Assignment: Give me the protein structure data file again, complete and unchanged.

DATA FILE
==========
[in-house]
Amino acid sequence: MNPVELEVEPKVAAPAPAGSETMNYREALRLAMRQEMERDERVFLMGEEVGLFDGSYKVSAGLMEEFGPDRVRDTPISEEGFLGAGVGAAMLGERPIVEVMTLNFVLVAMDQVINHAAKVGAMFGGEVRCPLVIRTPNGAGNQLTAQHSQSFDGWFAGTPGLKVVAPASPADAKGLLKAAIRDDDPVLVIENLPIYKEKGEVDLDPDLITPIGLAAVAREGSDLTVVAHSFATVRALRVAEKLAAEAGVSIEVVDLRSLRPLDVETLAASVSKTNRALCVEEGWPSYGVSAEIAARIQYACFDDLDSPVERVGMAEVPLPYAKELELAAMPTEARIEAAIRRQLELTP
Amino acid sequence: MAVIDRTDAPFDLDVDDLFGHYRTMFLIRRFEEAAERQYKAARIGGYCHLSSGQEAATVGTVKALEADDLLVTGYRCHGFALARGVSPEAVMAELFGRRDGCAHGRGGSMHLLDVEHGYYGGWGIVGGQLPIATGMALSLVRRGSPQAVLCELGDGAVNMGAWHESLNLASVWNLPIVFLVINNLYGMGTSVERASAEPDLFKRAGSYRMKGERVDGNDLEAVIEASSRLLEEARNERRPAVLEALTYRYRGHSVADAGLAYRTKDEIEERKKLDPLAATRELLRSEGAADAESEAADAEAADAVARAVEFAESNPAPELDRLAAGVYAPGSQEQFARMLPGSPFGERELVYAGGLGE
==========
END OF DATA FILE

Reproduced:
[in-house]
Amino acid sequence: MNPVELEVEPKVAAPAPAGSETMNYREALRLAMRQEMERDERVFLMGEEVGLFDGSYKVSAGLMEEFGPDRVRDTPISEEGFLGAGVGAAMLGERPIVEVMTLNFVLVAMDQVINHAAKVGAMFGGEVRCPLVIRTPNGAGNQLTAQHSQSFDGWFAGTPGLKVVAPASPADAKGLLKAAIRDDDPVLVIENLPIYKEKGEVDLDPDLITPIGLAAVAREGSDLTVVAHSFATVRALRVAEKLAAEAGVSIEVVDLRSLRPLDVETLAASVSKTNRALCVEEGWPSYGVSAEIAARIQYACFDDLDSPVERVGMAEVPLPYAKELELAAMPTEARIEAAIRRQLELTP
Amino acid sequence: MAVIDRTDAPFDLDVDDLFGHYRTMFLIRRFEEAAERQYKAARIGGYCHLSSGQEAATVGTVKALEADDLLVTGYRCHGFALARGVSPEAVMAELFGRRDGCAHGRGGSMHLLDVEHGYYGGWGIVGGQLPIATGMALSLVRRGSPQAVLCELGDGAVNMGAWHESLNLASVWNLPIVFLVINNLYGMGTSVERASAEPDLFKRAGSYRMKGERVDGNDLEAVIEASSRLLEEARNERRPAVLEALTYRYRGHSVADAGLAYRTKDEIEERKKLDPLAATRELLRSEGAADAESEAADAEAADAVARAVEFAESNPAPELDRLAAGVYAPGSQEQFARMLPGSPFGERELVYAGGLGE